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Folk law | RIP Messrs Tulk and Moxhay

Andrew Lugger looks at the history and demise of the restrictive covenant

18 June 2012

“A sort of black smoke covers the city. Under this half-daylight ? 300,000 human beings are ceaselessly at work. The homes of the poor are scattered haphazard around the factories. From this filthy sewer pure gold flows. In Manchester civilised man is turned back almost into a savage” – Alexis de Tocqueville’s description of industrialised Manchester.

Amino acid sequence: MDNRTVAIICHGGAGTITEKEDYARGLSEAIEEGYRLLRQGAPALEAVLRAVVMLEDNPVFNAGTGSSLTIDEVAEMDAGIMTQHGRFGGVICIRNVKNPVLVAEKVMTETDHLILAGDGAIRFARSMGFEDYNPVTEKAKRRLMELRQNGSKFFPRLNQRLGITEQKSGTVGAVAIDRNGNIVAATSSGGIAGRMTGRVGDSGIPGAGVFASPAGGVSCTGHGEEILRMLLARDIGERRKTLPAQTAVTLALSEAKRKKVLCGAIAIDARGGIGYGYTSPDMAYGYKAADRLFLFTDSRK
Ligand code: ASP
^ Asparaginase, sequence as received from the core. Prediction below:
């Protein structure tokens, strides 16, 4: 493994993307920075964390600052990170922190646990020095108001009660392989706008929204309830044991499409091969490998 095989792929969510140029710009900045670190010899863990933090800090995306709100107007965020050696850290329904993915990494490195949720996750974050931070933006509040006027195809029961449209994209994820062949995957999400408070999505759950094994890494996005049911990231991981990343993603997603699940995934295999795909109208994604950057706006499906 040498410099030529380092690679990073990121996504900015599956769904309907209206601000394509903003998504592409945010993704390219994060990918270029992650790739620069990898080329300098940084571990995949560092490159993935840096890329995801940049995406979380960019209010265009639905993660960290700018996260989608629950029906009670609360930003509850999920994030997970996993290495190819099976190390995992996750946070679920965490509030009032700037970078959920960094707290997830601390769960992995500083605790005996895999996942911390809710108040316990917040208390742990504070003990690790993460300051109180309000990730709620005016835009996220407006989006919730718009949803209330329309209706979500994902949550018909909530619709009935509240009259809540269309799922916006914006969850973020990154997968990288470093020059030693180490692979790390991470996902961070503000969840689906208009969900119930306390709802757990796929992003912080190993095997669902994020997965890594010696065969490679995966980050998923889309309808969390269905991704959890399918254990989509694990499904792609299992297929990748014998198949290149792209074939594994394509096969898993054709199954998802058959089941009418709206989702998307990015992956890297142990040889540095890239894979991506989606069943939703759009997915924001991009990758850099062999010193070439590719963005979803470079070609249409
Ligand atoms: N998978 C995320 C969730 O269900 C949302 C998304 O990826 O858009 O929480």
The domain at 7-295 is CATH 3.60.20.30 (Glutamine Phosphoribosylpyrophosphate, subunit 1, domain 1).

The Great Exhibition of 1851 was a triumphant expression of British industrial superiority. The Industrial Revolution had paved the way for Great Britain becoming the workshop of the world but this consequently altered the physical appearance of the British Isles. The population of the countryside declined as people left to find work in the industrial towns and cities which grew in size making land scarce. Different trades jostled for control of the same urban land which led to conflict between certain incompatible land uses in the same locality.

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